Watchman Willie Martin Archive


       A Controversial New Look At Gen. Douglas MacArthur


       Sun, 11 Aug 2002 16:59:19 ‑0700


       "Bob Jones" <[email protected]>


       "dragonslayer" <[email protected]>

Gee, It looks like Macarthur was a TRAITOR right along with Ole Frankie Rosenfelt! He

was a 33 Degree Mason for all the Mason Conspiracy folks out there! (Masonry hasn't

been much in the loop for 117 years or so!) More Light & Truth always coming to

surface! But then again, you don't go far in the military if you don't "Go along to get

along"! Looks like he went along for the ride!  MBJ    P.S. Folks, WAKE UP! All the

"Sacred Cows" so to speak are coming down! All the churches have long ago been

taken over by the jews (catholics) & jew/jesuits (all protestants) & you will not find

YHVH'S True Word being Preached in any organized denominational church

anywhere, PERIOD! All the so called militaries are just "mercenary hitmen" for the

phony jew con‑trolled defacto governments they work for, PERIOD! There is NO

Honor or Patriotism in the military, no matter how much the jew officers & jew

politicians say there is, "IT IS ALL A GIANT JEW SCAM"! Like all the jew scams out


WANT TO BELIEVERS! I know that is hard for people to believe that have been in the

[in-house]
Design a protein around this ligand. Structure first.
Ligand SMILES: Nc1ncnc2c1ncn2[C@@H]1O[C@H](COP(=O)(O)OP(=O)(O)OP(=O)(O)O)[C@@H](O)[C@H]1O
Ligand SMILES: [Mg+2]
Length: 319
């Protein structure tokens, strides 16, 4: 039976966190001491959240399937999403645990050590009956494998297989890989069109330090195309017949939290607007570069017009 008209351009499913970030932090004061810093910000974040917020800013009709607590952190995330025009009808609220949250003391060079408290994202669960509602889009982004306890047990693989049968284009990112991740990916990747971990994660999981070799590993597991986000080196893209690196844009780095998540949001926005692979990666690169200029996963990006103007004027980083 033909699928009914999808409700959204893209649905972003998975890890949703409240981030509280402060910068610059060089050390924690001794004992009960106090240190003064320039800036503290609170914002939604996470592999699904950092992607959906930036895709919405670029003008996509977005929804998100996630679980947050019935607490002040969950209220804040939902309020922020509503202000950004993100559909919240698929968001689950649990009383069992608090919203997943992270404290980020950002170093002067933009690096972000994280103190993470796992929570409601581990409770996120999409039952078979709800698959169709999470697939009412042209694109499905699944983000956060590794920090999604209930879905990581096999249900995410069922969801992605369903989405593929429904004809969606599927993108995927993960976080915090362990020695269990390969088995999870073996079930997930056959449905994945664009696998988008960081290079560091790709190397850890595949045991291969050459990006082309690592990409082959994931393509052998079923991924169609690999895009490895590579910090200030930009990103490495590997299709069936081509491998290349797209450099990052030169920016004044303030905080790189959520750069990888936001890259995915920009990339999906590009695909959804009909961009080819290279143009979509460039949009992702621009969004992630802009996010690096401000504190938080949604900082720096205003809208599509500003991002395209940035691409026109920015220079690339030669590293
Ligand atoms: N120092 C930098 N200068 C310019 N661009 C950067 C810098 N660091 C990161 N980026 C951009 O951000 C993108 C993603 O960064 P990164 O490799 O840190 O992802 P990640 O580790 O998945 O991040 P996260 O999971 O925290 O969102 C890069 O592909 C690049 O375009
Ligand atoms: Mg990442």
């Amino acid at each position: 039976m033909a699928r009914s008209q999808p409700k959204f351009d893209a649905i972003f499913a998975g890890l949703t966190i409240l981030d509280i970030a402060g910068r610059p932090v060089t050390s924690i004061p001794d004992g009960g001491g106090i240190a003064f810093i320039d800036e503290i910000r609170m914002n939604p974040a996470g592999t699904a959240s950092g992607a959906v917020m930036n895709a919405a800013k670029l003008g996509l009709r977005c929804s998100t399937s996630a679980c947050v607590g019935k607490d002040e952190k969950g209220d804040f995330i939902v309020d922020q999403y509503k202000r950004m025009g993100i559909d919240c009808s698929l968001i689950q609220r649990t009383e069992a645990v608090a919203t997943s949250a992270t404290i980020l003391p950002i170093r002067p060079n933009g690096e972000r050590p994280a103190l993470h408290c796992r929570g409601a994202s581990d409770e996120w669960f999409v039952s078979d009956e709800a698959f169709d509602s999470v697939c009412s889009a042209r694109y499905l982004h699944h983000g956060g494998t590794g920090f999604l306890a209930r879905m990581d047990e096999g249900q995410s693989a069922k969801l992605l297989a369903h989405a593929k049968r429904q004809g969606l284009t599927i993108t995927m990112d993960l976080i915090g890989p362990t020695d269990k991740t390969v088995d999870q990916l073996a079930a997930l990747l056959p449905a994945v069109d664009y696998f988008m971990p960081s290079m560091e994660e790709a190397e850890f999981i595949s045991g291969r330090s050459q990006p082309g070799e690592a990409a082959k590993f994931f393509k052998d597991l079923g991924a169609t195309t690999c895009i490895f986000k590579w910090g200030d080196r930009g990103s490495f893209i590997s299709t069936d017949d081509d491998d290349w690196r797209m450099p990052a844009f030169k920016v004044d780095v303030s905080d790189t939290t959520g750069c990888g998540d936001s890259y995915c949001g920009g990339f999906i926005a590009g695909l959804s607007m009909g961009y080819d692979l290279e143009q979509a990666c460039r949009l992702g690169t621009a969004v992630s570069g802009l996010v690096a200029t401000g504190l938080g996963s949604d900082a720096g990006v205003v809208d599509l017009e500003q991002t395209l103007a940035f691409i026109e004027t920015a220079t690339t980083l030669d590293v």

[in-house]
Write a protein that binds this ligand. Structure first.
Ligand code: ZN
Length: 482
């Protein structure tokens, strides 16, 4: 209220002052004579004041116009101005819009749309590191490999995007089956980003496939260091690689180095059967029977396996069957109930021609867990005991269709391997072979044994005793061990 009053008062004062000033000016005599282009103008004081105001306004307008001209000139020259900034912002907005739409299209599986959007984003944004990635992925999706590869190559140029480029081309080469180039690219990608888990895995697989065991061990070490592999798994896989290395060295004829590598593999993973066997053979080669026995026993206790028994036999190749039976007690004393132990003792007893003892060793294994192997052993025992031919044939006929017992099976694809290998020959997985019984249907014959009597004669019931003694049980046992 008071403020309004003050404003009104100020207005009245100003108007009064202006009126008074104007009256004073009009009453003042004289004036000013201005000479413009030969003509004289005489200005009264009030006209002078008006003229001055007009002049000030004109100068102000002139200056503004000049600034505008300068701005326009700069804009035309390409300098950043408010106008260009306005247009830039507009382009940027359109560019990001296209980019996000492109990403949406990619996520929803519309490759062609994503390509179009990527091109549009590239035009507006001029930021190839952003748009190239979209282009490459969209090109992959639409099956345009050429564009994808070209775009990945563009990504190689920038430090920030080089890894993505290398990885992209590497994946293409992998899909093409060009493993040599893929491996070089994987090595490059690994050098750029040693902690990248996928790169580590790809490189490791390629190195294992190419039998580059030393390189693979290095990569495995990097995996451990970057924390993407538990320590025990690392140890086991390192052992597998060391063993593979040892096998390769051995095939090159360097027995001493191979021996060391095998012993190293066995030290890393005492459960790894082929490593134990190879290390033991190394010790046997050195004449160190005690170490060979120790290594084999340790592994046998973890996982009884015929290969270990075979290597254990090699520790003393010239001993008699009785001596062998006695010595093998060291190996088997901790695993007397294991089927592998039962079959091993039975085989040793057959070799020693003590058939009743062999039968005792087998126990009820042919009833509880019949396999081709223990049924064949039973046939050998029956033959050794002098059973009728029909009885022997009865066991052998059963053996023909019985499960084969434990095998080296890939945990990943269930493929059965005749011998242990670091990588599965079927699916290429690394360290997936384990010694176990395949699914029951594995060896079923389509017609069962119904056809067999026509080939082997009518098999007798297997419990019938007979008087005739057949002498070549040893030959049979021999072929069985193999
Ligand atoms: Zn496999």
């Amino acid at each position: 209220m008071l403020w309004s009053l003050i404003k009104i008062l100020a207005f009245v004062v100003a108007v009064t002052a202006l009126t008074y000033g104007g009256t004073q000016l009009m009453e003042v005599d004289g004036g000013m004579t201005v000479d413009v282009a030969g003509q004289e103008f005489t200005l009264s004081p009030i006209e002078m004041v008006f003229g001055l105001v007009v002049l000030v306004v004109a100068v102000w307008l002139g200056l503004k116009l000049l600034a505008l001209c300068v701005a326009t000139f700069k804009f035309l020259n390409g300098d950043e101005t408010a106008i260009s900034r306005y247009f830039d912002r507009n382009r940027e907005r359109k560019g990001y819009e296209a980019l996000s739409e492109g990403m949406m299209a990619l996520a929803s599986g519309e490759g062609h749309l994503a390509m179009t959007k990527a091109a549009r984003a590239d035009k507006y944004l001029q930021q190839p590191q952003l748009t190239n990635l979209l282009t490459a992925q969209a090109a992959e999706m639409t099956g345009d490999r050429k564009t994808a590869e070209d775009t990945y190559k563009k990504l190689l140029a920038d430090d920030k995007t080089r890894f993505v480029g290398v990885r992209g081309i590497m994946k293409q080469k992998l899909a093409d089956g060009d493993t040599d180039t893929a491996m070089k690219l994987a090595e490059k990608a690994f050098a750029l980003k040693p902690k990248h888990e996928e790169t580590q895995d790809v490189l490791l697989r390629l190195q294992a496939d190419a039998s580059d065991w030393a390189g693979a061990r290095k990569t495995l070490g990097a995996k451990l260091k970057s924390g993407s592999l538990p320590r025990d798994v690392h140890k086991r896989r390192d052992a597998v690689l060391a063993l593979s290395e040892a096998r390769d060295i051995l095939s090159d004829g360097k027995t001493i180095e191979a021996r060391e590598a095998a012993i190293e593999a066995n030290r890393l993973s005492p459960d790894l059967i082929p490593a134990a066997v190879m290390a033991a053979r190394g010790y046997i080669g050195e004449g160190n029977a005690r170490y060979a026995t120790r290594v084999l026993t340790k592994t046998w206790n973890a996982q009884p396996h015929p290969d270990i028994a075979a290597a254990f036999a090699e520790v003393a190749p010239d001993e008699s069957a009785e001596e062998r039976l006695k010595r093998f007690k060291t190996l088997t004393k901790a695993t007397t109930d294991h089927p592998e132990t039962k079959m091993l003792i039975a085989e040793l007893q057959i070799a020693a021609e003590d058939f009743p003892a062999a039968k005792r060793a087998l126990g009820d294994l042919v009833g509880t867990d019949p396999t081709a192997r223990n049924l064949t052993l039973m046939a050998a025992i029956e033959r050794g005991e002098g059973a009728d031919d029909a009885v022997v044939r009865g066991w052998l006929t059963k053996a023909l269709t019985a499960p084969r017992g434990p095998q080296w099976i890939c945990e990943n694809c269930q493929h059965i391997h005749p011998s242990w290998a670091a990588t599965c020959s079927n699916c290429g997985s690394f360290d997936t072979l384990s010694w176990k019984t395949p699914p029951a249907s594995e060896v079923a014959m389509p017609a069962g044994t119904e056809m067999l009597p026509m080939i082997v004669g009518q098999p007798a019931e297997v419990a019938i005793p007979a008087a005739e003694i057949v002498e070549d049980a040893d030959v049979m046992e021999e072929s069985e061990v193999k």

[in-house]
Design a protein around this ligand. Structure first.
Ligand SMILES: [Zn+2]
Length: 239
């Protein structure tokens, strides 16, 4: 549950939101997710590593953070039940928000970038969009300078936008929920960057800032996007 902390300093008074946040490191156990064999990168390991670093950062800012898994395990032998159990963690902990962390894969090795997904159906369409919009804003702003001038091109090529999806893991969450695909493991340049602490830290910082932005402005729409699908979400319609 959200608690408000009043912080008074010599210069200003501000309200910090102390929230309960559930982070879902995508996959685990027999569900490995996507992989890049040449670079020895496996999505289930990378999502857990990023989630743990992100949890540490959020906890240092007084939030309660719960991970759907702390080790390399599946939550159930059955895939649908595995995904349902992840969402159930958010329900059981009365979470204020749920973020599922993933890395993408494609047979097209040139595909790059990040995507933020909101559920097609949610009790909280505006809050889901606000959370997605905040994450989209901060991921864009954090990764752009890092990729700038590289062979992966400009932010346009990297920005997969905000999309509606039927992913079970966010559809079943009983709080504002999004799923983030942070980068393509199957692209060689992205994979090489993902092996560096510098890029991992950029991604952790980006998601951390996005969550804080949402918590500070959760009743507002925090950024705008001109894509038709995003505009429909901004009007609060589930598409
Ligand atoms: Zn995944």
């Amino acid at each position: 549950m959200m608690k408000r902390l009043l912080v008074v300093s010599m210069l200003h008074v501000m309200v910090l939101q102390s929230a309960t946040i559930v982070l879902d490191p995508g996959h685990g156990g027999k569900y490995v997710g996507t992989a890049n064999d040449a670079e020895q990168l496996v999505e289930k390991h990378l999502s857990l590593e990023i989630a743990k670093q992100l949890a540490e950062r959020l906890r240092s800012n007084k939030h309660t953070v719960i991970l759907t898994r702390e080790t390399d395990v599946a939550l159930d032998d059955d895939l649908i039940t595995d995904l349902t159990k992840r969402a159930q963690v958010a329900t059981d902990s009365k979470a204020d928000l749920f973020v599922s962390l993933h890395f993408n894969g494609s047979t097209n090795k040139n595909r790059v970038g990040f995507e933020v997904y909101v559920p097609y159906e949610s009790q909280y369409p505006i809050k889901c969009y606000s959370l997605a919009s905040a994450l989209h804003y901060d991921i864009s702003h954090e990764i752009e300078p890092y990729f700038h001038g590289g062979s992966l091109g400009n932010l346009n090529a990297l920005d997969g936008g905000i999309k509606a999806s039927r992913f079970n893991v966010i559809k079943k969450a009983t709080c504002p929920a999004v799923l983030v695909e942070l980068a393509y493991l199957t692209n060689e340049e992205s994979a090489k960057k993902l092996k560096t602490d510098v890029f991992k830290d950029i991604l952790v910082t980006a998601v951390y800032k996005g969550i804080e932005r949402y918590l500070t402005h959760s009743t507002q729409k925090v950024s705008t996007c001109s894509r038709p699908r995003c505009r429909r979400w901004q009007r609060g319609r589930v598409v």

military & their families, none the less, WAKE UP & SMELL THE COFFEE!!! THE JEWS


SUCKER LONG ENOUGH??? Or would you rather bury your head in the sand &

"Pretend" the jews are honest with you??? TRUTH HURTS SOMETIMES, GET OVER



            A Controversial New Look At Gen. Douglas MacArthur

 A new book focusing on MacArthur’s defeat in the Philippines is a thoroughly researched and nicely polished

                            book covering his controversial early career.

                                 Exclusive to American Free Press

                                         By John Tiffany

Gen. Douglas MacArthur is arguably among the most puzzling of U.S. military leaders of the 20th century. Ever since the

war, there have been many, including veterans who served under MacArthur, who hated him, while others have praised him

as a great strategist. In his later years, conservatives repeatedly tried to run him for president of the United States. He

certainly gave the impression of being a great anti‑communist leader during the Korean War, in which he strongly opposed

the U.S. government’s attempt to fight only a limited, no‑win war.